RV-Able: Feathered Friends

“Birding won’t be the same in Arizona,” Ric warned me as we pulled away from Texas.

CroonerHe’s right in the sense that we don’t have experts to turn to, but there just as many interesting and diverse species to be seen.  Our first morning here, I awoke to what sounded like someone swinging on a squeaky gate.

“What the heck is that?” I asked glancing out the window.  There on an antenna, two rigs over, sat an oversized wren singing its heart out, the black of its throat expanding with each release of sound.  I discovered it to be the Cactus wren, the state bird of Arizona.  He has become our concierge here, showing up every morning to announce the start of the day.

finchfightEvery evening around supper time, a pair of House finches replace the wren on the antenna outside my window.  They have a sweet song, and I love the splash of colour on the male’s face and neck, so I decided to try to capture a photo of the two of them, but as you can see, he was not impressed.  Or, maybe I happened by right in the midst of a domestic dispute?

Phainopepla.pngDriving through the mountains, there are numerous areas to pull over and take a picture.  Naturally, these are picturesque areas, where the mountains or valleys play a starring role, but I kept seeing this black bird with its funny little tufted hairdo and bright red eyes.  Apparently found anywhere there are mistletoe bushes, the Phainopepla is a tropical bird and part of the group known as the Silky Flycatchers.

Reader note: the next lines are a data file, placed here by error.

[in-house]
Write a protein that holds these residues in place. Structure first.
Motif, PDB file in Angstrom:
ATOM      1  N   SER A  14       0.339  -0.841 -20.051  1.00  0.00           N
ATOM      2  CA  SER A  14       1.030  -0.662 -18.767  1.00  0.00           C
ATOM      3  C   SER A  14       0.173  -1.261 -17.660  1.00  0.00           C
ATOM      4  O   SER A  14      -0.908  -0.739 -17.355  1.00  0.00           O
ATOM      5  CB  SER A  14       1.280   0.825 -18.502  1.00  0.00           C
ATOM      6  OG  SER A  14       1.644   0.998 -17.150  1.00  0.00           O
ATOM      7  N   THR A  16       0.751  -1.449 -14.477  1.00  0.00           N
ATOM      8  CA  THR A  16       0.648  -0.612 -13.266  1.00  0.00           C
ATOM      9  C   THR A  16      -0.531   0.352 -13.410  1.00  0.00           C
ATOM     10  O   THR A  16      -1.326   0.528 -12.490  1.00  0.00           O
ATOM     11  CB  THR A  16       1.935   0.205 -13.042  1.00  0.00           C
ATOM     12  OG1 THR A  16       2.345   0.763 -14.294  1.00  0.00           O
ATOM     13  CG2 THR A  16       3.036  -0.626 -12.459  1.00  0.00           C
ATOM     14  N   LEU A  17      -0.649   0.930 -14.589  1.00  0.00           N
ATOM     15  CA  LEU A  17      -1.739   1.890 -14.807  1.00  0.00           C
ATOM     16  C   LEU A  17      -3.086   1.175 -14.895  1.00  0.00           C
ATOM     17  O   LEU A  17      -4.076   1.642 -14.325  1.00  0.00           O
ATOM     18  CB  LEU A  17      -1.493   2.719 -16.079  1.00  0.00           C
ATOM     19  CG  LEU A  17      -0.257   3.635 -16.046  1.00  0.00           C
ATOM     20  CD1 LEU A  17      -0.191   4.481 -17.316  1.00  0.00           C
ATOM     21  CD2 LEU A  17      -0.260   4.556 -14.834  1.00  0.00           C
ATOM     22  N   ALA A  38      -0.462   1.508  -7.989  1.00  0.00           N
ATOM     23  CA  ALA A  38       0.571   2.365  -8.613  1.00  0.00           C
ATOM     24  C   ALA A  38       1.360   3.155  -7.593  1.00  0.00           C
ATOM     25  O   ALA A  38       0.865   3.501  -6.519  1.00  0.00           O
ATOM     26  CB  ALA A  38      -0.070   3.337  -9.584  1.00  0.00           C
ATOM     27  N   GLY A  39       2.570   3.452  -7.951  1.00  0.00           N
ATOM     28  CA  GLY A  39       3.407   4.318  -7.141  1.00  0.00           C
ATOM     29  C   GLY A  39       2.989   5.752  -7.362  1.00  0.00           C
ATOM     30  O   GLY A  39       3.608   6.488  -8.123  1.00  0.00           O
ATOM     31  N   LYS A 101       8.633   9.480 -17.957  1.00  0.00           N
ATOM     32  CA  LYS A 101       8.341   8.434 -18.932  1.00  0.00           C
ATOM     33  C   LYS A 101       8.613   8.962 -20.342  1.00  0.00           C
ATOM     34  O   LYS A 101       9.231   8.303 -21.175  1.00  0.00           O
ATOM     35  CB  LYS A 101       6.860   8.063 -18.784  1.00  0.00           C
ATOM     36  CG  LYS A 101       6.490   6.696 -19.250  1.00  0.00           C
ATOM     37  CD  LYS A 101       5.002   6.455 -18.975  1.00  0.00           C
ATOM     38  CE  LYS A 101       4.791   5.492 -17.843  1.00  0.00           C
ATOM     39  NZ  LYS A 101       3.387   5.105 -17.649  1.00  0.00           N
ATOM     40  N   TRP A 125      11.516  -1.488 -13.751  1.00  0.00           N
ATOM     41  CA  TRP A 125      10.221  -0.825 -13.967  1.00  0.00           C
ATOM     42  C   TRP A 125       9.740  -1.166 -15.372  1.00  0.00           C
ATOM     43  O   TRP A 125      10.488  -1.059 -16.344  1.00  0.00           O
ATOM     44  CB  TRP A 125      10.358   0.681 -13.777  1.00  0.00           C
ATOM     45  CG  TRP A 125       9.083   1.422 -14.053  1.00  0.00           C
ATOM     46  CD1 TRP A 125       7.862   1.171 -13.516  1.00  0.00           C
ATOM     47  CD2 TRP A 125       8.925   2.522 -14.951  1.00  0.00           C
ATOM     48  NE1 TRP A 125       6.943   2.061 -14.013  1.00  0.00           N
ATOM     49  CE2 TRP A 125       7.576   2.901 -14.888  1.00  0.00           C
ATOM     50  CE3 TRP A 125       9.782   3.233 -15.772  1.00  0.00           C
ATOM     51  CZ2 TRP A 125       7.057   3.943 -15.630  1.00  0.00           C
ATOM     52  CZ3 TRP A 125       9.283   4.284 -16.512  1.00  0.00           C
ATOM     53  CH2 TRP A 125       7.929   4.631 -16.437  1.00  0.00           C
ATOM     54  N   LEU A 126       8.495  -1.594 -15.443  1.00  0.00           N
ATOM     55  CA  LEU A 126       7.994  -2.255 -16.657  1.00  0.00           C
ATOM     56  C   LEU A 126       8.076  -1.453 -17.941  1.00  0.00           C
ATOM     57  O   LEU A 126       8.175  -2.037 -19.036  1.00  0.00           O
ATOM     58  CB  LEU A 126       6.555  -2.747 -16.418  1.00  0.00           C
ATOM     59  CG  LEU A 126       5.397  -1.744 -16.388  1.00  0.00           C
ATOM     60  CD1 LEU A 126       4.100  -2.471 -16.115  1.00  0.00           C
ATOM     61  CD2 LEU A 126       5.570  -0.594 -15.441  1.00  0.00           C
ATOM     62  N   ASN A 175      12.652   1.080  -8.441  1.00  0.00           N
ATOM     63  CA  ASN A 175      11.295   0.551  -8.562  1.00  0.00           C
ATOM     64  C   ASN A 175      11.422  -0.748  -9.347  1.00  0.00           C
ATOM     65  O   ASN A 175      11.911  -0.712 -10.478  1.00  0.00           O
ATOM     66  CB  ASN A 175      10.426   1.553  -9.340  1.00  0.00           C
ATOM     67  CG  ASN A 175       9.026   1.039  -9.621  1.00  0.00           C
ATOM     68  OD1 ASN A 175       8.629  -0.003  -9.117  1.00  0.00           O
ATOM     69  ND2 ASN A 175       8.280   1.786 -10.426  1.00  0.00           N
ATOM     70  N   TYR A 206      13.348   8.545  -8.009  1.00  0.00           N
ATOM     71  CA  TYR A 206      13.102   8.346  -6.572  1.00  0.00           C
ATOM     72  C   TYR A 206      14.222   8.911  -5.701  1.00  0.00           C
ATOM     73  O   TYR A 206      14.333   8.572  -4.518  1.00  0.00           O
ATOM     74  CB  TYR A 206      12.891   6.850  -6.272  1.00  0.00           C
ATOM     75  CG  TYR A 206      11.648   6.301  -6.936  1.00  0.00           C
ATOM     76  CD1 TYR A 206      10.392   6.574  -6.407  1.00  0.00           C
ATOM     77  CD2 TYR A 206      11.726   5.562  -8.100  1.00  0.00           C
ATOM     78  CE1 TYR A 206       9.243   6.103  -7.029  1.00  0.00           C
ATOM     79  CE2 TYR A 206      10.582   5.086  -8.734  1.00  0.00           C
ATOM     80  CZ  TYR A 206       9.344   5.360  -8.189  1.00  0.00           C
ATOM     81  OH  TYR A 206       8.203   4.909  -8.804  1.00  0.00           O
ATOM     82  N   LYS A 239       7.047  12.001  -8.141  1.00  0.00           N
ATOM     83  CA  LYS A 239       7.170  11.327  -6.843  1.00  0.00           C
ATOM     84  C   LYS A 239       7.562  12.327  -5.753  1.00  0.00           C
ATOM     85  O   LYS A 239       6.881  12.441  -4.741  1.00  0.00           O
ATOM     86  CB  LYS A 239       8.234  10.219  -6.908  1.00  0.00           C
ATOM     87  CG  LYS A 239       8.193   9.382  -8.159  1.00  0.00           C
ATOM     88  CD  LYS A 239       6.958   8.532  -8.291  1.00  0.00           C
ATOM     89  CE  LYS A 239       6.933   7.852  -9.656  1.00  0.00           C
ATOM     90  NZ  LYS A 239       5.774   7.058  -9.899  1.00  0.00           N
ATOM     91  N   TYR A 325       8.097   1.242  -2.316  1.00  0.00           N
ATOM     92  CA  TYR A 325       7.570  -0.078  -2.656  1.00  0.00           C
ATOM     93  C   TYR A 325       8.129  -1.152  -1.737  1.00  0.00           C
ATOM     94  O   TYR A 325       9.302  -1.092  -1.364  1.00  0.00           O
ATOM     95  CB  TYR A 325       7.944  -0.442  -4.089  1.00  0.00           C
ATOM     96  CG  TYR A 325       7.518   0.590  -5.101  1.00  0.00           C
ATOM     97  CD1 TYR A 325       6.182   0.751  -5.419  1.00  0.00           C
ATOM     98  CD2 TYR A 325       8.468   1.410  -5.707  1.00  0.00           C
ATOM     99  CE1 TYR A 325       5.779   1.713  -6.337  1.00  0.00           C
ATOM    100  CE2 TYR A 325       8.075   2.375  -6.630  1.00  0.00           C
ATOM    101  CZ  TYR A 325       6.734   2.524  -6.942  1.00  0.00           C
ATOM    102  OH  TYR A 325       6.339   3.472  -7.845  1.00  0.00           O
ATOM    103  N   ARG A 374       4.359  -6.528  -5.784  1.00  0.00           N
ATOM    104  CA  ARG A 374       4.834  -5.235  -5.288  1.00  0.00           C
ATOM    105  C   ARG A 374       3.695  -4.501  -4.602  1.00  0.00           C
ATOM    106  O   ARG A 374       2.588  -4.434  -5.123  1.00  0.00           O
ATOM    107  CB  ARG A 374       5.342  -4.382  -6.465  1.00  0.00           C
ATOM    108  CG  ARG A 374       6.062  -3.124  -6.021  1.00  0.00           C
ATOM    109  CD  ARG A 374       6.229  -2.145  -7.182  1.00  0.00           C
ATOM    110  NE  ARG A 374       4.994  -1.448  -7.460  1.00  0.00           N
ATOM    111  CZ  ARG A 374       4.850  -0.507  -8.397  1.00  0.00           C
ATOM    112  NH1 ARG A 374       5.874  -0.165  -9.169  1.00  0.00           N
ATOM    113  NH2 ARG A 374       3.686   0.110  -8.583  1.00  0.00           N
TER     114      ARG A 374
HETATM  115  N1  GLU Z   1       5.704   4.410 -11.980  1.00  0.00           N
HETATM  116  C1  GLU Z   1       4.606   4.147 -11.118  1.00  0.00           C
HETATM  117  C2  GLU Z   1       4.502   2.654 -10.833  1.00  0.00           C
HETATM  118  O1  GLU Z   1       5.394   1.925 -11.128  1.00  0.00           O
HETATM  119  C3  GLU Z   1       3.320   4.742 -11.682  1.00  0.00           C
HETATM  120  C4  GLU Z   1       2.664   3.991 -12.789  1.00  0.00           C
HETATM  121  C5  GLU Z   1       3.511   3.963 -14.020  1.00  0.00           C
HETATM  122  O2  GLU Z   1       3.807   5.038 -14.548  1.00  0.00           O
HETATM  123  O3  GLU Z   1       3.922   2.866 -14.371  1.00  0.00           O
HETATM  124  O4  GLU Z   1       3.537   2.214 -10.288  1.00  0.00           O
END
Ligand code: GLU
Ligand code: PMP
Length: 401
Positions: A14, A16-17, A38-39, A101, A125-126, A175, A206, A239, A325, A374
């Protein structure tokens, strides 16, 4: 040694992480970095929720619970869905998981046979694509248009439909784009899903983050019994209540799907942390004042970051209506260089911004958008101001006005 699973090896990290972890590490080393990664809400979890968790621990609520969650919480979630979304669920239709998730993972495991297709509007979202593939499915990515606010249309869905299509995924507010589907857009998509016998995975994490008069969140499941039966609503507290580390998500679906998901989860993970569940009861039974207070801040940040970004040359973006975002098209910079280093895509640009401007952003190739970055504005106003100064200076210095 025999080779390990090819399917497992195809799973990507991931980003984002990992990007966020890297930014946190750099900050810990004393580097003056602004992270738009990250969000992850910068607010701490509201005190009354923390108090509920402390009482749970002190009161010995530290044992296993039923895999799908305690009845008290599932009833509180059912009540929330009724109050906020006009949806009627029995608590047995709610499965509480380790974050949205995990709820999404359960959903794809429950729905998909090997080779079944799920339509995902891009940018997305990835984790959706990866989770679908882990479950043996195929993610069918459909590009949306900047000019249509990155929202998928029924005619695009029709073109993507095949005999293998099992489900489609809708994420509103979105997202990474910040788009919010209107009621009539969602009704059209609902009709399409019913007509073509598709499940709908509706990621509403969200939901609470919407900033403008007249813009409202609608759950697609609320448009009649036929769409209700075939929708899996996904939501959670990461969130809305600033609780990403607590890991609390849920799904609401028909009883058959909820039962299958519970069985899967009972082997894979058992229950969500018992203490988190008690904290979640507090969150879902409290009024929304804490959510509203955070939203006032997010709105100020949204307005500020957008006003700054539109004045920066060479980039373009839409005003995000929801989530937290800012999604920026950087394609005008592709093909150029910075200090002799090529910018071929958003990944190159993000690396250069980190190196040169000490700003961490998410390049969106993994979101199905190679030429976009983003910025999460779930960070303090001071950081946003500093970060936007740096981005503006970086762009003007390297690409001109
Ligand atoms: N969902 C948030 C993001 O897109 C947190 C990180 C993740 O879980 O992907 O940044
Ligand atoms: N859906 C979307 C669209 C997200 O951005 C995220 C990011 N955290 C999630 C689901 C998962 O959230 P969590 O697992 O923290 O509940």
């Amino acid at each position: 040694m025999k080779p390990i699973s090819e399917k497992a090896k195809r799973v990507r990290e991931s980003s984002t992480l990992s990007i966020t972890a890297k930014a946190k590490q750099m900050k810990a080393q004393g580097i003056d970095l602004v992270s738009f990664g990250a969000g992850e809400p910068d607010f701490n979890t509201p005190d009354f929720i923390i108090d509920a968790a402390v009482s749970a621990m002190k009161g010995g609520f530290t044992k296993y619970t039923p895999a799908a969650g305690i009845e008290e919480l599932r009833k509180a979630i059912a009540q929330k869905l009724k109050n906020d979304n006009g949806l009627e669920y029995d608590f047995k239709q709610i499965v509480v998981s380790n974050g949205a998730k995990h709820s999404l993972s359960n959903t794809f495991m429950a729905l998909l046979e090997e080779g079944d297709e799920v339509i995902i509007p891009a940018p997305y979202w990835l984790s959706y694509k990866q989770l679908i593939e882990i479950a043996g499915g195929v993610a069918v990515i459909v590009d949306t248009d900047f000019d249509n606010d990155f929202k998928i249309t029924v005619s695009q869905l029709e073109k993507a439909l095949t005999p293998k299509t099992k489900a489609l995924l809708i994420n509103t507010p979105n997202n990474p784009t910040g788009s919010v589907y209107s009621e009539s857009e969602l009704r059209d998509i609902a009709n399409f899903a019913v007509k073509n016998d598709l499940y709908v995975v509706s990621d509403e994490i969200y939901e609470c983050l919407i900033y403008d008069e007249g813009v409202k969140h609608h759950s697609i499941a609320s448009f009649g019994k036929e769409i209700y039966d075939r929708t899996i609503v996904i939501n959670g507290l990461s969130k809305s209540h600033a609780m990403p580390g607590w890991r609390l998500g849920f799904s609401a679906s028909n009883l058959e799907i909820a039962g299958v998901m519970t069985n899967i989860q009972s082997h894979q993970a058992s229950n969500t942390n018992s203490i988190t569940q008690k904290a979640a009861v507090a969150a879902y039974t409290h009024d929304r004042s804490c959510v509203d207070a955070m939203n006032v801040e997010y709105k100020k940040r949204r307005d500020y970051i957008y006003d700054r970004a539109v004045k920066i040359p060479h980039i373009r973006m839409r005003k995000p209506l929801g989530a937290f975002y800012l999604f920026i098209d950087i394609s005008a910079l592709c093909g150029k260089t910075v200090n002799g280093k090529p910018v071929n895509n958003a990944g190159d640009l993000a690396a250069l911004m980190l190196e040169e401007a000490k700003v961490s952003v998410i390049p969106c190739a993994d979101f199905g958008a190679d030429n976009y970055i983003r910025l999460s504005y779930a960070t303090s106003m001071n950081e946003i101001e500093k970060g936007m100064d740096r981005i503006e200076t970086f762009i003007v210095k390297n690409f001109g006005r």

Black-throatedSparrowAlso spotted in a bush, just off the paved look out trail, was a pair of songbirds, with distinctive head markings.  These were Black-throated sparrows.  Is this not an elegant look for a sparrow.  Very impressive, I’d say.

In one outing, we came upon a lake, where three or four photographers were obviously onto something.  Approaching carefully, we found the objects of their attention:  two pairs of cardinals.  When I think of cardinals, I think of bright red blotches against white snow on deep green cedar bushes.  As our cardinals don’t migrate, I was surprised to find this bird having a spa day in Arizona.

spabird

 

Well, that’s it for the birds today; I’m sure there will be more to follow.  In the meantime,  we are headed to Sedona soon, and have booked our own spa treatments (no mud).  I’m excited for that!

(Featured image is a cormorant at the spa.Birds are sweet to me, so I’ve included this post in The Daily Post photo challenge.)

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Writer, avid reader, former educator, and proud grandmother, currently experiencing life through the lens of ME/CFS. Words are, and always have been, a lifeline. Some of the best adventures, I'm discovering, take place in the imagination.

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